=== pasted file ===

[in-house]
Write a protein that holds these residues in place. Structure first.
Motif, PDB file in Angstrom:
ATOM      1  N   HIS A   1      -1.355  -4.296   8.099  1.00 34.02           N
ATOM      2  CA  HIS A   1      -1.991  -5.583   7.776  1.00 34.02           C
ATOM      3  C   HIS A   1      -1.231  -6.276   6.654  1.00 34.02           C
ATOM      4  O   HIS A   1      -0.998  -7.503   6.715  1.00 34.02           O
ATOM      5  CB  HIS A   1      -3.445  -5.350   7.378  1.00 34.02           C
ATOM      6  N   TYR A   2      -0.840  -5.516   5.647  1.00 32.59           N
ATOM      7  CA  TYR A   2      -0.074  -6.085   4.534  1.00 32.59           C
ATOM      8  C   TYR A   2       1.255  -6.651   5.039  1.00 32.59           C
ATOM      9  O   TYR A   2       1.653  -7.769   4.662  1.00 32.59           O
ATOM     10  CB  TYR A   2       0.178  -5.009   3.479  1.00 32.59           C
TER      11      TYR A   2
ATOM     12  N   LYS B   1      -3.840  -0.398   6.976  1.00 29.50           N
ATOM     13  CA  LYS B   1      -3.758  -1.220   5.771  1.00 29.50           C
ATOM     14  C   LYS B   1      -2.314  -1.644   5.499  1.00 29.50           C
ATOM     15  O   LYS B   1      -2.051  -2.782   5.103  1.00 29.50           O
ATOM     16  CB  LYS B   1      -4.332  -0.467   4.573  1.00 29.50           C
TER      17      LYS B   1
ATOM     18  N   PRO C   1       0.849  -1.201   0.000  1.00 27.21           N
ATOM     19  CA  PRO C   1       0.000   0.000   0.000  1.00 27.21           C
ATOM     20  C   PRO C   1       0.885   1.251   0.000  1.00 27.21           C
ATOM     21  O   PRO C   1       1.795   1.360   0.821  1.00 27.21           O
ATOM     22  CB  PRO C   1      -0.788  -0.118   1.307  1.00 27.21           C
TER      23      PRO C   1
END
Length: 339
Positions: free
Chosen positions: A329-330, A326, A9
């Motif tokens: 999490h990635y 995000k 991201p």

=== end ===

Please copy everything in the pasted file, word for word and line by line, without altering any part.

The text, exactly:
[in-house]
Write a protein that holds these residues in place. Structure first.
Motif, PDB file in Angstrom:
ATOM      1  N   HIS A   1      -1.355  -4.296   8.099  1.00 34.02           N
ATOM      2  CA  HIS A   1      -1.991  -5.583   7.776  1.00 34.02           C
ATOM      3  C   HIS A   1      -1.231  -6.276   6.654  1.00 34.02           C
ATOM      4  O   HIS A   1      -0.998  -7.503   6.715  1.00 34.02           O
ATOM      5  CB  HIS A   1      -3.445  -5.350   7.378  1.00 34.02           C
ATOM      6  N   TYR A   2      -0.840  -5.516   5.647  1.00 32.59           N
ATOM      7  CA  TYR A   2      -0.074  -6.085   4.534  1.00 32.59           C
ATOM      8  C   TYR A   2       1.255  -6.651   5.039  1.00 32.59           C
ATOM      9  O   TYR A   2       1.653  -7.769   4.662  1.00 32.59           O
ATOM     10  CB  TYR A   2       0.178  -5.009   3.479  1.00 32.59           C
TER      11      TYR A   2
ATOM     12  N   LYS B   1      -3.840  -0.398   6.976  1.00 29.50           N
ATOM     13  CA  LYS B   1      -3.758  -1.220   5.771  1.00 29.50           C
ATOM     14  C   LYS B   1      -2.314  -1.644   5.499  1.00 29.50           C
ATOM     15  O   LYS B   1      -2.051  -2.782   5.103  1.00 29.50           O
ATOM     16  CB  LYS B   1      -4.332  -0.467   4.573  1.00 29.50           C
TER      17      LYS B   1
ATOM     18  N   PRO C   1       0.849  -1.201   0.000  1.00 27.21           N
ATOM     19  CA  PRO C   1       0.000   0.000   0.000  1.00 27.21           C
ATOM     20  C   PRO C   1       0.885   1.251   0.000  1.00 27.21           C
ATOM     21  O   PRO C   1       1.795   1.360   0.821  1.00 27.21           O
ATOM     22  CB  PRO C   1      -0.788  -0.118   1.307  1.00 27.21           C
TER      23      PRO C   1
END
Length: 339
Positions: free
Chosen positions: A329-330, A326, A9
């Motif tokens: 999490h990635y 995000k 991201p």